This is not least because, according to its own lights, critique integrally makes a claim on all and any claims of power: if power is to be anything more than violence (whether ‘natural’ or ‘cultural,’ flagrant or covert, novel or customary), then it itself must make a claim to reason or immediately betray the lack of its own legitimacy; if it does make such a claim to reason, then critique must immediately target the hypocrisies and inconsistencies of established powers; and since no established power is able to justify inequality, then it will be exposed as such, perhaps forcing power to its own critical moment; and, since reason’s essence is inextricable from self-critique, then it permits many differing claims regarding differing kinds of ‘reason’; yet, if those claims to differing reasons are not to succumb to inequity in turn, then they too must present themselves for further critique or fail the test. For Kant, all power is naturally pathological, against which critique sets its face.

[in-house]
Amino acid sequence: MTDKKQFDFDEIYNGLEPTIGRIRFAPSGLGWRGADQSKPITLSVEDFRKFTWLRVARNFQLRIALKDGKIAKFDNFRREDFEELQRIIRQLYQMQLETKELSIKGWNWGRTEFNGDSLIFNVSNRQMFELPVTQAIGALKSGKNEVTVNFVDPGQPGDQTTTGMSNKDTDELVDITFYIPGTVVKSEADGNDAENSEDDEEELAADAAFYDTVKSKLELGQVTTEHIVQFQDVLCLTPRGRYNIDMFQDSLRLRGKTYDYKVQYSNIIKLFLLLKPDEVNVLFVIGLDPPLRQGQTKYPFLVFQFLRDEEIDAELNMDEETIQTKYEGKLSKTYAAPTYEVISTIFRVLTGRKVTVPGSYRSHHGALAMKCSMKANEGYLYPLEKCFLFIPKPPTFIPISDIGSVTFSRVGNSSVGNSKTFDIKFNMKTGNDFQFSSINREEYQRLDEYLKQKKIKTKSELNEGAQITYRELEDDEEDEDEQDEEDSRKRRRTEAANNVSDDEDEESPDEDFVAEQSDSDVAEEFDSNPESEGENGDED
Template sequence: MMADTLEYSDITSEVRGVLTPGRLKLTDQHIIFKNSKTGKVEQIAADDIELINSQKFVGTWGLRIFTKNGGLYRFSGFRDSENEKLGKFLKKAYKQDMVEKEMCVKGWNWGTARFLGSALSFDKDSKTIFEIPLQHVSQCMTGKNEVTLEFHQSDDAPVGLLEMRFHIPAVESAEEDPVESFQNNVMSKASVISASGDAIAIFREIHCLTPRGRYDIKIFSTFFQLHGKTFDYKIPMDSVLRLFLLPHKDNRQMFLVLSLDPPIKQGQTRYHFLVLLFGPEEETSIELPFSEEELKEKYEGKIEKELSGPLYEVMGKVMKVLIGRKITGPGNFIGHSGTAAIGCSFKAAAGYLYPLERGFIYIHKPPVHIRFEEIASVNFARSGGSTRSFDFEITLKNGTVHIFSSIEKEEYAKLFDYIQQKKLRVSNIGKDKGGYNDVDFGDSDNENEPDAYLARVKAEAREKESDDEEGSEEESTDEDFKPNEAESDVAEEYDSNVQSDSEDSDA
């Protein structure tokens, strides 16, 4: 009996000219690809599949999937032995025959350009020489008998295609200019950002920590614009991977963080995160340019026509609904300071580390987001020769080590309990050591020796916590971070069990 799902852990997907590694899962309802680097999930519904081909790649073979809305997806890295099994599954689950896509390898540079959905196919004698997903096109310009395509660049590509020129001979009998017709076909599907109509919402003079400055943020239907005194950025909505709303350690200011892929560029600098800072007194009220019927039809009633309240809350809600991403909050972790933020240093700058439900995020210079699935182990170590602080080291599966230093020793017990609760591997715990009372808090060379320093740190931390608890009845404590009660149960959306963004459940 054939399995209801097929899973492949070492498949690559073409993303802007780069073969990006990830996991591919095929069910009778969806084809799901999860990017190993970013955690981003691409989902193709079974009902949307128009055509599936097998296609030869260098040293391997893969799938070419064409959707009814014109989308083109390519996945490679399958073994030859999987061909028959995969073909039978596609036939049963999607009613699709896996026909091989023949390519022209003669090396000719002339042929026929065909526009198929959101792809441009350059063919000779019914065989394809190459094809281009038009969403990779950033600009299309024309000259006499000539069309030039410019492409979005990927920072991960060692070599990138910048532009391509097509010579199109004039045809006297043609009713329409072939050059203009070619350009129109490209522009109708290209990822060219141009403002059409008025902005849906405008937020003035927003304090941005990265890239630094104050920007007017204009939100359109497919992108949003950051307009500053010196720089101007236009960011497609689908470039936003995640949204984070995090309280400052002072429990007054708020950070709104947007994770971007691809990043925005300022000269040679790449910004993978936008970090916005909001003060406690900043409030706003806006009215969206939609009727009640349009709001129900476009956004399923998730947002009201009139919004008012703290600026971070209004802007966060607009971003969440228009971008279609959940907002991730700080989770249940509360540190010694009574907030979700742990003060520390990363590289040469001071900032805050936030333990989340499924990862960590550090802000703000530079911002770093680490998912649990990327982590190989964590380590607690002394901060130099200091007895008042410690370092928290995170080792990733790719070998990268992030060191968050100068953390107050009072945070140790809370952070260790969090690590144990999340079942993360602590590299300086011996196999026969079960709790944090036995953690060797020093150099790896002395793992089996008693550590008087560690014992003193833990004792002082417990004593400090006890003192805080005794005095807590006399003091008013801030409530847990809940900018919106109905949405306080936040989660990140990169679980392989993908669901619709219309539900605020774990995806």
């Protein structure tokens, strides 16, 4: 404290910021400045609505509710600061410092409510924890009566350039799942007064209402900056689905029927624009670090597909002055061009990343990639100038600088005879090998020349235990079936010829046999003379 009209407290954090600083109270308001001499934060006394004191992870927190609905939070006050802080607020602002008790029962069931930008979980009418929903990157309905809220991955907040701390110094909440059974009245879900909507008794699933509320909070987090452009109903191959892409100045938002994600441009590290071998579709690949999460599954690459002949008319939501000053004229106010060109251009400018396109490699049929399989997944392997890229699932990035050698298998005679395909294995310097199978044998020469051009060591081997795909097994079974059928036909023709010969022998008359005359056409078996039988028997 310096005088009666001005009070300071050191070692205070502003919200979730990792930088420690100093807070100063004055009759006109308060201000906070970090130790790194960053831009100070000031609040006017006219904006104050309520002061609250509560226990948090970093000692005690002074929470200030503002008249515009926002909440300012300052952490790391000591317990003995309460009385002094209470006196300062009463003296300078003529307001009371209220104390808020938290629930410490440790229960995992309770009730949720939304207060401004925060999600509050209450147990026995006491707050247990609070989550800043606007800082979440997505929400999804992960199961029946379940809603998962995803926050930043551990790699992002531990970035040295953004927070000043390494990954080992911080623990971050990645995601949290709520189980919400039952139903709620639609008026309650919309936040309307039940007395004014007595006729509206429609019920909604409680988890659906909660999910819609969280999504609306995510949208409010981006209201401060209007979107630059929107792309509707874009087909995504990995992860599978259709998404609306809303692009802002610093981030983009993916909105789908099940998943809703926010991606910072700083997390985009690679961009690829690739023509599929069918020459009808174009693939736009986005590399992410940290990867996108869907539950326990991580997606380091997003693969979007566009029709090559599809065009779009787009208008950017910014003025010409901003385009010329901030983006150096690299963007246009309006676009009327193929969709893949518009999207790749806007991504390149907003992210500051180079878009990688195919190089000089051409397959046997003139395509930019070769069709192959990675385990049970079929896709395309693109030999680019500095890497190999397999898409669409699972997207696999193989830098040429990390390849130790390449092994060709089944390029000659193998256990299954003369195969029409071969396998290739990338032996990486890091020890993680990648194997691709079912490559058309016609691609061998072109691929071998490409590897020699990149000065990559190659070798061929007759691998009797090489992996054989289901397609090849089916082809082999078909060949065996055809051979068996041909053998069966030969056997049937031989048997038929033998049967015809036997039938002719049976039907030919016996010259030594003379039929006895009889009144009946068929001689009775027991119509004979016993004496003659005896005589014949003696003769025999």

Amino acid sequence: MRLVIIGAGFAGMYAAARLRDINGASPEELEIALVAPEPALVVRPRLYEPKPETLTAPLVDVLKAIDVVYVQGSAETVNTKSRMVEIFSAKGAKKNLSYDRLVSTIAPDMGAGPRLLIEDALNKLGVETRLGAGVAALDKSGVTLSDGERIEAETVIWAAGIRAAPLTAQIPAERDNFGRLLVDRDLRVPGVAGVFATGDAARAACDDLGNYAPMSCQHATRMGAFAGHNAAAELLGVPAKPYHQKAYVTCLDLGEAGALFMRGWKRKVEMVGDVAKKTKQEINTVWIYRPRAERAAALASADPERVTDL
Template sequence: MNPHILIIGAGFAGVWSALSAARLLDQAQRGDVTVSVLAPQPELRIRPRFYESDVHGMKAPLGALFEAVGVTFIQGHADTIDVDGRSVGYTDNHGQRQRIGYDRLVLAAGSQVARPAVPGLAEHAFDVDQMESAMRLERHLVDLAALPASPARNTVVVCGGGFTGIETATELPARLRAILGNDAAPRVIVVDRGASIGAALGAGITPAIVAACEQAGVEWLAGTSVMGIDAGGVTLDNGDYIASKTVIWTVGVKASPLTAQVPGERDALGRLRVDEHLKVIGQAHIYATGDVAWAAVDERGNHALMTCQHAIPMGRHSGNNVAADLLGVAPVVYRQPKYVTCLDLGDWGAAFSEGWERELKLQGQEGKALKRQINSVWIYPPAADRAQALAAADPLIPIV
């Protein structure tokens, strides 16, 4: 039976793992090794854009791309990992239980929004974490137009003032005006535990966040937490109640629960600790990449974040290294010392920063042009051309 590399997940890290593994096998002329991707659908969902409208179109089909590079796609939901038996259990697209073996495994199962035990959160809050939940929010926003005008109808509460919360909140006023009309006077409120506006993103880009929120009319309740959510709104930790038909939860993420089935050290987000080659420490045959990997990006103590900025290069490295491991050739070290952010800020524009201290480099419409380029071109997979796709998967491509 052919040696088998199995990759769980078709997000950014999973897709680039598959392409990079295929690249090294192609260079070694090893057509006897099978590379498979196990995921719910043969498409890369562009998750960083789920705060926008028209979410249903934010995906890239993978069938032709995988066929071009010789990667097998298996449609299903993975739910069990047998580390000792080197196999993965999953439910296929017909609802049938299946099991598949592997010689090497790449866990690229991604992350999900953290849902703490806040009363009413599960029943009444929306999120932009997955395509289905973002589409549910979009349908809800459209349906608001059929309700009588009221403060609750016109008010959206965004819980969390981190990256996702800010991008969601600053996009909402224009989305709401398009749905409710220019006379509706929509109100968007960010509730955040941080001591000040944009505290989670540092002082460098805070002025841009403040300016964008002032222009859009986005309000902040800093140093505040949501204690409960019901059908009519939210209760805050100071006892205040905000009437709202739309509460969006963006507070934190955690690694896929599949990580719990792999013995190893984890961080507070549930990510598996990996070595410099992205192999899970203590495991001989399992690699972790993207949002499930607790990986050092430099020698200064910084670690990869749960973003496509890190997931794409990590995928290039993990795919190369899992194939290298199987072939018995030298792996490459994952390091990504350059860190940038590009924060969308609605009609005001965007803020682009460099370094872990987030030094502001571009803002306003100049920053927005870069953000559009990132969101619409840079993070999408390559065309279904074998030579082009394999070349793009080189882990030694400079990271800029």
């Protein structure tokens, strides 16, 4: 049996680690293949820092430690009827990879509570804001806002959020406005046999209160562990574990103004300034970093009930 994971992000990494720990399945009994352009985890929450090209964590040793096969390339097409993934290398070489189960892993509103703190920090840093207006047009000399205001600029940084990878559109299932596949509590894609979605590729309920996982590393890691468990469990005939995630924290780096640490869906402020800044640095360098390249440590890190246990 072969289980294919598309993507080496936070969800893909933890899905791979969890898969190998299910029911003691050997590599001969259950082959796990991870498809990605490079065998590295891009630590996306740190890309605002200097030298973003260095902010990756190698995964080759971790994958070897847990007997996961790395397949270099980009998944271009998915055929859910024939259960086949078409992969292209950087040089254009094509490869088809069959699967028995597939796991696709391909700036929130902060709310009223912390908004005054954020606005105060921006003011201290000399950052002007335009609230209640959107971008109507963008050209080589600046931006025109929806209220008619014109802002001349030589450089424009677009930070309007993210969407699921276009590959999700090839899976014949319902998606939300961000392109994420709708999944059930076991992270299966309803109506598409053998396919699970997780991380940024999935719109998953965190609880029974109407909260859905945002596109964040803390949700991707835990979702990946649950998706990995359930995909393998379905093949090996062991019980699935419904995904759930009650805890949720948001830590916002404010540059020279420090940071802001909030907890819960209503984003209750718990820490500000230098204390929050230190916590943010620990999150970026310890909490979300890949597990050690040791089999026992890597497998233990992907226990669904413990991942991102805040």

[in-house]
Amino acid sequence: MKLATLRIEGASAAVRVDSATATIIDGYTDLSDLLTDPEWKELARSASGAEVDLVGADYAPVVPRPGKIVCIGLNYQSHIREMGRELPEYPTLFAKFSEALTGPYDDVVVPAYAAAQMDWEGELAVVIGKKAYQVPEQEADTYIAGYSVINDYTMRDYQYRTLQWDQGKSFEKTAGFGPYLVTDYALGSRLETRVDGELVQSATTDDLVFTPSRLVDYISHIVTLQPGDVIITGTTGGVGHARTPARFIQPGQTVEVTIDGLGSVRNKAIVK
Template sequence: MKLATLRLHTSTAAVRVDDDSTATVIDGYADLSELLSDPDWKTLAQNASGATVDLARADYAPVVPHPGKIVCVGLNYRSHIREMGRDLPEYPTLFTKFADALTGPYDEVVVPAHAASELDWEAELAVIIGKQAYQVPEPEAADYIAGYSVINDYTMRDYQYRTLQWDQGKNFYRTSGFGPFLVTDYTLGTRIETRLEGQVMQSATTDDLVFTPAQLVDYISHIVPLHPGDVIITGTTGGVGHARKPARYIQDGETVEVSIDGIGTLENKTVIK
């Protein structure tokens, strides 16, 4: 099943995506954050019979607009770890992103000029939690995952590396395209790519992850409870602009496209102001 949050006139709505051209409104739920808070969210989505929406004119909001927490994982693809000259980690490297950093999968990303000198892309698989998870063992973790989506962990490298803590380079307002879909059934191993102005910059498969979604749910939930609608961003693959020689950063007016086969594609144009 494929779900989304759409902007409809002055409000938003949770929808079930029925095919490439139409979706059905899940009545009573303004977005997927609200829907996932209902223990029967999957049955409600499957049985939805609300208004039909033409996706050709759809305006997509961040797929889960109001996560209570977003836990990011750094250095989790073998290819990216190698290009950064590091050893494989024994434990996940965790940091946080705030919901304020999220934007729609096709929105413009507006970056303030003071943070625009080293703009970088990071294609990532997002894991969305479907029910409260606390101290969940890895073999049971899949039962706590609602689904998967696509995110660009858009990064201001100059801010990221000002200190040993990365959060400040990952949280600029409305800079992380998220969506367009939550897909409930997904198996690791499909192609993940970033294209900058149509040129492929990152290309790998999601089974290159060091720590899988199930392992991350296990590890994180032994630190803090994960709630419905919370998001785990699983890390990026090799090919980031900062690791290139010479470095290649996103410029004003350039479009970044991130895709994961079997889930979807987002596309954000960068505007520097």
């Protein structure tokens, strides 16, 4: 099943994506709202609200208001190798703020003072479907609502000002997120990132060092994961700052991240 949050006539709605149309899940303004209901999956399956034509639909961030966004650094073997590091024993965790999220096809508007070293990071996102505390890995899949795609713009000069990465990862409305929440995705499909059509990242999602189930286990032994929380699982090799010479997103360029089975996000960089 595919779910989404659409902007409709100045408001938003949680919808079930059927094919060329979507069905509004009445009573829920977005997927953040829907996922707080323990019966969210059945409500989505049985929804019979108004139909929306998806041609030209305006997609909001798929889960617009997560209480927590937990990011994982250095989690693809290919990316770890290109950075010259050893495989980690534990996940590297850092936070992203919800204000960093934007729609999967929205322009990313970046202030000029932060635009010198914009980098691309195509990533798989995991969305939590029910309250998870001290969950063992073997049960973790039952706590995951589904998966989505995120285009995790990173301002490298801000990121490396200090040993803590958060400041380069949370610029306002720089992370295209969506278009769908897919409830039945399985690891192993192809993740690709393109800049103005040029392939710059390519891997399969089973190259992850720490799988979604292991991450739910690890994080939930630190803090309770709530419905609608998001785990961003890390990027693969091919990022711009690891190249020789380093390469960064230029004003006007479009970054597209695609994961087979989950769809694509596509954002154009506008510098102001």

Moreover, critique is also committed to returning to discarded, irrelevant, forgotten or degraded things a covert reason that power didn’t want those things to have. The conceptual practice of critique accordingly goes beyond any particular natural language or territorial conflict – and not least because it was an intimate accompaniment of colonialism, even if Kant himself expressly and strenuously denies any legitimacy to the colonial project. And if the colonial situation is at once a condition and a limit that suggests the contestability of critique, well, then, any critical person must critique critique, too … by means of more critique.